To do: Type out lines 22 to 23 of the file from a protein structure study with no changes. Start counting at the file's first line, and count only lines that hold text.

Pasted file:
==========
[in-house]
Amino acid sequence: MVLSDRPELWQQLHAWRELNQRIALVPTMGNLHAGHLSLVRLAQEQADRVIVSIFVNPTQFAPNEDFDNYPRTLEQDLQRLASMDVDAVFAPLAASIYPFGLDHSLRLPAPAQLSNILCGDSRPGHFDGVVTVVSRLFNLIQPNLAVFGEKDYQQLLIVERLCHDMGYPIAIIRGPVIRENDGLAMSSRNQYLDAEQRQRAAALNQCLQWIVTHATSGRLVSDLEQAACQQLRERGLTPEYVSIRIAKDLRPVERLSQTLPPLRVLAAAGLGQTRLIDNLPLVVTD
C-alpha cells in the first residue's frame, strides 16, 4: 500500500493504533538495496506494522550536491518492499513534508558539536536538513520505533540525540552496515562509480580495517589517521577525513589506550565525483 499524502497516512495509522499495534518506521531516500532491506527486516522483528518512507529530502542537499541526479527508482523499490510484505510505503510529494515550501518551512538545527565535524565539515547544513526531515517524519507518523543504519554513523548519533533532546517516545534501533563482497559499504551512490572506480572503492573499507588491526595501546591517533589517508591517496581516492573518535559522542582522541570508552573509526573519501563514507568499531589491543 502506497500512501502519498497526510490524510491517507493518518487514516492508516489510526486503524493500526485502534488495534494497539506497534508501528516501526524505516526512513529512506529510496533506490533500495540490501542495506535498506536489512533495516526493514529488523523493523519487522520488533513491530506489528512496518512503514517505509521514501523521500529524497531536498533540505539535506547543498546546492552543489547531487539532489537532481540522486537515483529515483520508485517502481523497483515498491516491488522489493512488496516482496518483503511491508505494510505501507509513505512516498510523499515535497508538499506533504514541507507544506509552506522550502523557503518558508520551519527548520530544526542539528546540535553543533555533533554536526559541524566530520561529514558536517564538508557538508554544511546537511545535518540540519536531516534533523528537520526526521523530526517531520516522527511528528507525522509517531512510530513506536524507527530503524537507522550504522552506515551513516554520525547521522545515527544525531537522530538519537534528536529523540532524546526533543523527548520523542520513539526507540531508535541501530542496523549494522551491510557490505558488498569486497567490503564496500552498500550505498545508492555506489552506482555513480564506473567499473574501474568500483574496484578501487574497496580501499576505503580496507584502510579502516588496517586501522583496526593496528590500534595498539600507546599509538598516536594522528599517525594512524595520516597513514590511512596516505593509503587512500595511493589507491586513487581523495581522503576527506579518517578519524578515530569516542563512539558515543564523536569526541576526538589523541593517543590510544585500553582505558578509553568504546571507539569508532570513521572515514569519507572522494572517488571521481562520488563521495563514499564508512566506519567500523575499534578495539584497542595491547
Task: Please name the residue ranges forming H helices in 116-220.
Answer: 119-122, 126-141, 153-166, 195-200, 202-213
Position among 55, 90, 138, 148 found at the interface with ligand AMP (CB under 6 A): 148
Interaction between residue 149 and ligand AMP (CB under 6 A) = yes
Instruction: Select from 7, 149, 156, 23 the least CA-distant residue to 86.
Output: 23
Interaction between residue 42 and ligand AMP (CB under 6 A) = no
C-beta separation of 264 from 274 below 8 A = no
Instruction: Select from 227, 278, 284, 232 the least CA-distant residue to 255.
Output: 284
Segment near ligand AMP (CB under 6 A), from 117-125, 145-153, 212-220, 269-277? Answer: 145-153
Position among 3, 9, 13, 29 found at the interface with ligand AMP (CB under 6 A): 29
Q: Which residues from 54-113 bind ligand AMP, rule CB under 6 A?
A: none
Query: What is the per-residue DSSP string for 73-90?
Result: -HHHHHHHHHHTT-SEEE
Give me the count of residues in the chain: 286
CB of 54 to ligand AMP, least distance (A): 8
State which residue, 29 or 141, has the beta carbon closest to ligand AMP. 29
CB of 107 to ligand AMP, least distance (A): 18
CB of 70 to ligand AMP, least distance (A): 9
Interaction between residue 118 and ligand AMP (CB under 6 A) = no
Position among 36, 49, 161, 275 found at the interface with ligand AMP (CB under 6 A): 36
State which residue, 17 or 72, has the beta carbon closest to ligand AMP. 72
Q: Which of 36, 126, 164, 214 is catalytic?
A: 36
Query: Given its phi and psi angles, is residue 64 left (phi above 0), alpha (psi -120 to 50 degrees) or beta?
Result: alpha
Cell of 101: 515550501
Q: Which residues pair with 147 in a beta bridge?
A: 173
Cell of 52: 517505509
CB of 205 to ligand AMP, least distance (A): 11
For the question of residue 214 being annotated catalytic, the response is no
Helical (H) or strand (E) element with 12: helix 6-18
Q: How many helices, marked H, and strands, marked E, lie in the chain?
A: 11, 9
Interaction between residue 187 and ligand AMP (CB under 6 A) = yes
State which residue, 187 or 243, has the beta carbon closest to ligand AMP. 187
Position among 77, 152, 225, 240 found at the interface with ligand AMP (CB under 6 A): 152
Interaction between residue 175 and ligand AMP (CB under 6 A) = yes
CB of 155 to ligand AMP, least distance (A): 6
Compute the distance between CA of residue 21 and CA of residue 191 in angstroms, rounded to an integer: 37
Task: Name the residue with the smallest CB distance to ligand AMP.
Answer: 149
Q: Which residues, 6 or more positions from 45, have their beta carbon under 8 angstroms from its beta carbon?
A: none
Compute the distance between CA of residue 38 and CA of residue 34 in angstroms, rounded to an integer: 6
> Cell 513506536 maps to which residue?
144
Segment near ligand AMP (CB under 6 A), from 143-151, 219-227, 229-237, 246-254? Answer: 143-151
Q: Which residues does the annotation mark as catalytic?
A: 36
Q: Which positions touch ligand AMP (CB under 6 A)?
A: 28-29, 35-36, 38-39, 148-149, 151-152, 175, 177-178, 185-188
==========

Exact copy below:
State which residue, 29 or 141, has the beta carbon closest to ligand AMP. 29
CB of 107 to ligand AMP, least distance (A): 18